i. The process can stop here. It would give two types of MPs, similar to the systems used in Scotland and Germany. But the Danish system goes further: it allocates the adjustment seats down to the electoral districts – so that there is only one type of MP.
j. The final stage is the assigning of candidates to seats. A candidate’s total votes consist of the personal votes (the ones where voters have identified a preferred candidate) from across the whole electoral district; plus a proportion of the party votes (the ones where voters haven’t identified a preferred candidate) from their nomination district. The candidate with the most votes gets the first of their party’s seats; the one with the next most votes gets the next seat; etc.  

Example B (for national elections) 

a. The country is divided into multi-seat electoral districts. 90% of seats are allocated to these districts, in proportion to their population size using Sainte-Laguë. Most should have between 7 and 13 seats. Unlike system A, there can be more smaller-sized districts.
b. The electoral districts are grouped into regions, based on the standard UK nations and regions.
c. Citizens cast their votes using the “Danish ballot” described above.
d. Votes are counted within each district to calculate the first threshold. A mock allocation of seats is carried out using the D’Hondt method to see which parties (and independent candidates) would get a seat under those conditions.
e. All the party votes from across the country are added together.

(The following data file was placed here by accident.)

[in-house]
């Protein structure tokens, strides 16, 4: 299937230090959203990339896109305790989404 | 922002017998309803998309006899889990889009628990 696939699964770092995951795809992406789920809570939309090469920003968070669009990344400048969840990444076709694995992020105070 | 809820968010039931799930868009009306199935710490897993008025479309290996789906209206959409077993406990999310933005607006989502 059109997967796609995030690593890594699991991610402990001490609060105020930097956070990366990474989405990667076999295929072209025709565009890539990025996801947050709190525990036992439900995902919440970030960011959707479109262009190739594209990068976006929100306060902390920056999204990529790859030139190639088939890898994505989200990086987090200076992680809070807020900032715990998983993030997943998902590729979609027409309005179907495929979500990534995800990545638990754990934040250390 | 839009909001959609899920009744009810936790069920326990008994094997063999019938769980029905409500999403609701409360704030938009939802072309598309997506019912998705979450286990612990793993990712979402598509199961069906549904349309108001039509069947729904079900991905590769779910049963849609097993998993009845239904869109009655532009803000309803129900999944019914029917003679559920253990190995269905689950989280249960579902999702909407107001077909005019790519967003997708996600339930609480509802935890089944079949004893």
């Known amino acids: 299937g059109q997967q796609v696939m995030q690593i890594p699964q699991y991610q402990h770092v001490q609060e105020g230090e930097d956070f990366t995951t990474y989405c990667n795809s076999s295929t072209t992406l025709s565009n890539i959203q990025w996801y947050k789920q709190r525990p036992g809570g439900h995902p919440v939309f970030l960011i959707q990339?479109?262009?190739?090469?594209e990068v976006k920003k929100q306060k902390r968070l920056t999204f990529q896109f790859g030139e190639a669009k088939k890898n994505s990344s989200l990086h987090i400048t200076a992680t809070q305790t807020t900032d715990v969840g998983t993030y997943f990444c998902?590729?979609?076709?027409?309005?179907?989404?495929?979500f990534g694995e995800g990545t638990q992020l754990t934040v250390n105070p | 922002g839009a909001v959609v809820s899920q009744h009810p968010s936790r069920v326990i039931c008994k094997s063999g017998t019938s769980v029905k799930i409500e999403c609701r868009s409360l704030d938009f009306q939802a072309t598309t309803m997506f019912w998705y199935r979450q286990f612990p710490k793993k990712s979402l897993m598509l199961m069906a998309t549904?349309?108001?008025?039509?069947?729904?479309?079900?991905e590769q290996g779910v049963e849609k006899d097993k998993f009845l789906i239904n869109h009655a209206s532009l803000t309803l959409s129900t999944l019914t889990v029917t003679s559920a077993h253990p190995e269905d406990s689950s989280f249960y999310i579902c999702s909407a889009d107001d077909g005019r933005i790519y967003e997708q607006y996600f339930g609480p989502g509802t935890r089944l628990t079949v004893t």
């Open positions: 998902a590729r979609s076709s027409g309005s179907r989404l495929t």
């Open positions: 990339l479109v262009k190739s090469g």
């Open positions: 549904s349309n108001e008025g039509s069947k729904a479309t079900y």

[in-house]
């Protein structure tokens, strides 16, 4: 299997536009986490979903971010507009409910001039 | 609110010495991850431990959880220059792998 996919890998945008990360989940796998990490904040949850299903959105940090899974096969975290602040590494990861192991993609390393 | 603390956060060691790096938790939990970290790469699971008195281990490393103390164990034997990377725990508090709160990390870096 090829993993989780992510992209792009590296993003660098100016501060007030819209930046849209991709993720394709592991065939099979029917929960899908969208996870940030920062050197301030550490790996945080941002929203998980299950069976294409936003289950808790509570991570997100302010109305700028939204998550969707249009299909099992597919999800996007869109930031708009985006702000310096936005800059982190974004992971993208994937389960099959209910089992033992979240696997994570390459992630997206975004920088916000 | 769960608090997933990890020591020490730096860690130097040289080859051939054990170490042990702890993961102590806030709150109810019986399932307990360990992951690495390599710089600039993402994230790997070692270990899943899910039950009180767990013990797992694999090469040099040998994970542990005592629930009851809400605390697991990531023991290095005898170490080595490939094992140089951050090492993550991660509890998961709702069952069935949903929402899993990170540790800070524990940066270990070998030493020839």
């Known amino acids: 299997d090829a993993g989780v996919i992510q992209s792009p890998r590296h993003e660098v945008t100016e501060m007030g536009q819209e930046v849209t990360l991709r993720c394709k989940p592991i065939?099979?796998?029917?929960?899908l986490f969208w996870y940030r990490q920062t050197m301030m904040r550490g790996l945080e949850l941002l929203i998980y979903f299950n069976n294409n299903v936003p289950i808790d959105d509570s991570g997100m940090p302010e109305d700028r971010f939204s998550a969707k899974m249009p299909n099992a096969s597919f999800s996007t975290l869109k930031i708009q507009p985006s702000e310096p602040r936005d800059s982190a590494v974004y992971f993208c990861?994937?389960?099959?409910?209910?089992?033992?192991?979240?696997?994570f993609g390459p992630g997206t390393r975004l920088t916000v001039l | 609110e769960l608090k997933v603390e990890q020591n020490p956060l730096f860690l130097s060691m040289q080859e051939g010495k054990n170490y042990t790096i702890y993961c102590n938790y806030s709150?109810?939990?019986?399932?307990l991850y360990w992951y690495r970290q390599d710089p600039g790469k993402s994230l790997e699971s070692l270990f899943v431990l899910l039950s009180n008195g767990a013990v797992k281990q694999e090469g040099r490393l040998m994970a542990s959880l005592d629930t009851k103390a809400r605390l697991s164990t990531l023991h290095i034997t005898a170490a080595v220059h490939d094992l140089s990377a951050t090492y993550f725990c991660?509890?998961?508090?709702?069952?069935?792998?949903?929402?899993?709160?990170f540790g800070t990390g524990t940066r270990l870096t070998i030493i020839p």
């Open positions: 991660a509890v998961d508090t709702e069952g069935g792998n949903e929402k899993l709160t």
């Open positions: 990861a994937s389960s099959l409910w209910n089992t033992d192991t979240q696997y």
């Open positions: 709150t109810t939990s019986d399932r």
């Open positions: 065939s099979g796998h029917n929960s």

f. Any party that gets at least 2% of the national vote, or at least one seat from the mock allocation stage (d), passes the threshold, and qualifies for the next stage.
g. The votes of qualifying parties are added up across each region.
h. These regional votes are used to allocate seats to each electoral district and to each party, such that each district gets the number of seats it needs, and each party gets the right proportion of seats. The method for doing this is called bi-proportional apportionment, which is used in a number of cantonal and municipal elections in Switzerland.
i. All the seats apportioned to parties in (h) are added together from across the country.
j. The qualifying parties’ votes from across the country are used to calculate what the proportional result for all 100% of the seats should be using Sainte-Laguë.
k. The difference between what a party is allocated in (h), and what is calculated in (j), is made up from the 10% of seats that are still left to allocate: these are the adjustment seats.

From here on, it is exactly the same as Example A. I.e. there can either be two types of MP, or seats can be allocated down to electoral districts. And candidates are allocated to seats in the same way. 

Example C (for local elections)